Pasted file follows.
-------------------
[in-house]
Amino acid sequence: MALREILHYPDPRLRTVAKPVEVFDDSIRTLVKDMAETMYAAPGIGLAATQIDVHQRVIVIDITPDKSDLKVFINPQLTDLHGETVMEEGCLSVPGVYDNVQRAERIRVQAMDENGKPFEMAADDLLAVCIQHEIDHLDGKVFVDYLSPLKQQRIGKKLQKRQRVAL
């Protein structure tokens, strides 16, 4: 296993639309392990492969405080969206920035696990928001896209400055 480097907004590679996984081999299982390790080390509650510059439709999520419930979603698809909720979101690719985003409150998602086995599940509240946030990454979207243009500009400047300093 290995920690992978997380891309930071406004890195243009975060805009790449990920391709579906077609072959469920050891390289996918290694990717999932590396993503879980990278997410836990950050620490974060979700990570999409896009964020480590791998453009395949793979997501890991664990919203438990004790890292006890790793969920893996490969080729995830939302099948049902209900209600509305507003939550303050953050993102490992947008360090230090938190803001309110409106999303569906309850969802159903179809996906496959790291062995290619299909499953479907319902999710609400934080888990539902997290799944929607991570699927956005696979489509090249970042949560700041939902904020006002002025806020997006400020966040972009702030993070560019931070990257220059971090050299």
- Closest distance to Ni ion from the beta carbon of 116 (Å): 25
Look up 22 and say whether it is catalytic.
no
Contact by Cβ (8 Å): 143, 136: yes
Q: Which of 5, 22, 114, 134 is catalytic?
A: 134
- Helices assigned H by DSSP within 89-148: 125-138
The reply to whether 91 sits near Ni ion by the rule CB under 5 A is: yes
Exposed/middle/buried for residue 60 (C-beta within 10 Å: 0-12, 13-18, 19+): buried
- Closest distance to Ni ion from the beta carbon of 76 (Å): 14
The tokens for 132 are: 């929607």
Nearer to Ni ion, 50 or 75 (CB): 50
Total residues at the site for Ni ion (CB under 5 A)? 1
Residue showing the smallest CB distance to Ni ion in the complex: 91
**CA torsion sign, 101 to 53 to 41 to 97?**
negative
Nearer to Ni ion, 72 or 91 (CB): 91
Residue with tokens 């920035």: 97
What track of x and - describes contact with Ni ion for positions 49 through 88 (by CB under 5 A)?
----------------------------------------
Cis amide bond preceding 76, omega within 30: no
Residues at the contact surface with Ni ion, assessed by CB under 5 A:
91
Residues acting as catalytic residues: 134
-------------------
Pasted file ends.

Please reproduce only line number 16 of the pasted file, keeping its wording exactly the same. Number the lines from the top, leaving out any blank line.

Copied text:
Total residues at the site for Ni ion (CB under 5 A)? 1